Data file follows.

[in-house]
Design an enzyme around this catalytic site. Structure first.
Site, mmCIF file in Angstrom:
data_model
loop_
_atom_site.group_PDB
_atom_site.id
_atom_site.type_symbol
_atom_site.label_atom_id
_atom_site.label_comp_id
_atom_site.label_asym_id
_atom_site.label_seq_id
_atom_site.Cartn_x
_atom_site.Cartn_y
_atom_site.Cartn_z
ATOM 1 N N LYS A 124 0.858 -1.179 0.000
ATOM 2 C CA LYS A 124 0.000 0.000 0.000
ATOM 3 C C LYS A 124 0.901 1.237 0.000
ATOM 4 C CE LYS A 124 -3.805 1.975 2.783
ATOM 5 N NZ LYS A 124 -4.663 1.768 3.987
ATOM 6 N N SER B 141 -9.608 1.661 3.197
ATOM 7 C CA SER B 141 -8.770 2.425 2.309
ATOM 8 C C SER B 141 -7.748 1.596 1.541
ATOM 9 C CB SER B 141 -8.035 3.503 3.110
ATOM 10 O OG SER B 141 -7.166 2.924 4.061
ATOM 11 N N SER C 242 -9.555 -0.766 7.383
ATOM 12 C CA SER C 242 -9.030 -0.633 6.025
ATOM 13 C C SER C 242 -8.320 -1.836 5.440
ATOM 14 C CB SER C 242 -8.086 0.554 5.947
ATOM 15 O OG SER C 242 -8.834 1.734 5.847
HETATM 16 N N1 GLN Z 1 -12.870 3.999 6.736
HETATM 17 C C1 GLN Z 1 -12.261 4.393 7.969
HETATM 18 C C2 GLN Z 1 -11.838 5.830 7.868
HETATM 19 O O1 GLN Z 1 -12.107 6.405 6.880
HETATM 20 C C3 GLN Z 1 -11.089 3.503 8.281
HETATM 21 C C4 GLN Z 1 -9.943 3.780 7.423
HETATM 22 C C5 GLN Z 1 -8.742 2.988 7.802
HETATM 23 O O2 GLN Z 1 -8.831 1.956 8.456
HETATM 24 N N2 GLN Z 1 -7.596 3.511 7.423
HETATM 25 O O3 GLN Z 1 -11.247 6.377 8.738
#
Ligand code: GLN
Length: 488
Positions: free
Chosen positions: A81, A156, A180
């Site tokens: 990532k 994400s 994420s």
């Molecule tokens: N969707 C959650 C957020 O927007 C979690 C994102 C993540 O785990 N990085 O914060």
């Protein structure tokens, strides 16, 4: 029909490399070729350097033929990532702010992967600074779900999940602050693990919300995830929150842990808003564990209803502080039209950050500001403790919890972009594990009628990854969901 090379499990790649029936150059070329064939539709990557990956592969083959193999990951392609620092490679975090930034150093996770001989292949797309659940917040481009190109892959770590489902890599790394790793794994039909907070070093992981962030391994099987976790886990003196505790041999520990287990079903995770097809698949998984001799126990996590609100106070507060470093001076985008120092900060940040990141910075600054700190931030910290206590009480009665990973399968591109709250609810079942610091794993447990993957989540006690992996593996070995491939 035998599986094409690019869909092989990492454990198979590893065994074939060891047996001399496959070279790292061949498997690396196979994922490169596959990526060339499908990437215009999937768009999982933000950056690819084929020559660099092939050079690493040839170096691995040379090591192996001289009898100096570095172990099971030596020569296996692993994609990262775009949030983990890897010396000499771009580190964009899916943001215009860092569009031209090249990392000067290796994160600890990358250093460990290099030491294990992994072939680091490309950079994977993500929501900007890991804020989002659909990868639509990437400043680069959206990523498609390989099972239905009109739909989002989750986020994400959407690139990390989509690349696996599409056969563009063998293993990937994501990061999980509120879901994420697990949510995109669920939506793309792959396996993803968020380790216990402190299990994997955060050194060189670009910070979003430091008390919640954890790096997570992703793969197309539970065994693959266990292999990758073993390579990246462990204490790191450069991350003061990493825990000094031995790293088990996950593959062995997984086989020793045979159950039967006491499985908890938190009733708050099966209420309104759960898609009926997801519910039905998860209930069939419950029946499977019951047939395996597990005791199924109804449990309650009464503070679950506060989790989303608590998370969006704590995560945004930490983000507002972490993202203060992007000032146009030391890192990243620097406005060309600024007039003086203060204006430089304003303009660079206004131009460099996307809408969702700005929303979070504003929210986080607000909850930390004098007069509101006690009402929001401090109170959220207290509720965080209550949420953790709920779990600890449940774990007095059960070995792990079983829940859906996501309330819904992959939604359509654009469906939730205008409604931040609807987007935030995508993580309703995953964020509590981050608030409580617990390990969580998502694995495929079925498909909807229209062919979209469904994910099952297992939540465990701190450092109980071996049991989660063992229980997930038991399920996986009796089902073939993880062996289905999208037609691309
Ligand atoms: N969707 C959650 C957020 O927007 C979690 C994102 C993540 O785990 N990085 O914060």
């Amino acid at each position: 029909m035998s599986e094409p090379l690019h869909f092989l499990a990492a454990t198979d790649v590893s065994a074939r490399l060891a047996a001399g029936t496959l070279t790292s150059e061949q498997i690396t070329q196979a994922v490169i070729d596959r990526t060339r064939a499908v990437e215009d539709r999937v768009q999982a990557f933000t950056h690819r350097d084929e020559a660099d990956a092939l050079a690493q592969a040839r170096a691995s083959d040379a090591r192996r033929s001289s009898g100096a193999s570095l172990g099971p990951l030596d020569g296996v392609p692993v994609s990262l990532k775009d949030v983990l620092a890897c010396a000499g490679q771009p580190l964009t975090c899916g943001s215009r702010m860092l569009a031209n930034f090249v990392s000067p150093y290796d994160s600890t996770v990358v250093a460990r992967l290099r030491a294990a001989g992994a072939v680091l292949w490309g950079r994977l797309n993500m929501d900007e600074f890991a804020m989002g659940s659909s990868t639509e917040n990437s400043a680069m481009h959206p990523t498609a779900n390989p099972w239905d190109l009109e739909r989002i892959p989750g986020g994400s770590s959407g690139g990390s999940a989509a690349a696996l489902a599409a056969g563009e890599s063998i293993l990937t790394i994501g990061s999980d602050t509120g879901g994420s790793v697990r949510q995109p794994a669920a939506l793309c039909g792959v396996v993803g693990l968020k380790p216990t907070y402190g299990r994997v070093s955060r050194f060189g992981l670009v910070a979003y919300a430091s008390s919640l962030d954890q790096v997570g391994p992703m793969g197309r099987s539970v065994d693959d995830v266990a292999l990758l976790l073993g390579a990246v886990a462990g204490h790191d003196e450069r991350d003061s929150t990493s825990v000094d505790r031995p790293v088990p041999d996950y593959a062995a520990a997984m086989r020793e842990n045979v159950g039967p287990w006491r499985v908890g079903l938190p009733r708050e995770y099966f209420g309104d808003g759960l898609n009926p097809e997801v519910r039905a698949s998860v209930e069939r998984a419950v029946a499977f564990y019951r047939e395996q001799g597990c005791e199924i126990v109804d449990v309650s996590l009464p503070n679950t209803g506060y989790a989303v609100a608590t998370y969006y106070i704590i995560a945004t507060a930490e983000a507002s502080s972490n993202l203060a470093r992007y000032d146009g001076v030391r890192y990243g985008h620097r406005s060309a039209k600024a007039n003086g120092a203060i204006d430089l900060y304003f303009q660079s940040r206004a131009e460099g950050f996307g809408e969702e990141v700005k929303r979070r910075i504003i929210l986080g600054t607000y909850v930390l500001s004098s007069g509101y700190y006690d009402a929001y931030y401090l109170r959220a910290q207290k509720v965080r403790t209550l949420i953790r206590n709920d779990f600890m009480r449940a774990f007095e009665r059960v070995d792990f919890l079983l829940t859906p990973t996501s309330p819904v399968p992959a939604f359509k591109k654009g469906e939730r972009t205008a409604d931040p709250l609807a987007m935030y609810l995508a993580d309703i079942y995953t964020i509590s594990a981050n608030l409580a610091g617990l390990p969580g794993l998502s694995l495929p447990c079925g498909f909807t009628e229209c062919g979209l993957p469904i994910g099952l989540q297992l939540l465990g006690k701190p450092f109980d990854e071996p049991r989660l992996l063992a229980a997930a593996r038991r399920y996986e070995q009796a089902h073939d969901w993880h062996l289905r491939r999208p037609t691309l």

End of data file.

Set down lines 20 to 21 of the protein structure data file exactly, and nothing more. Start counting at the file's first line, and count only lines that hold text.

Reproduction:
ATOM 5 N NZ LYS A 124 -4.663 1.768 3.987
ATOM 6 N N SER B 141 -9.608 1.661 3.197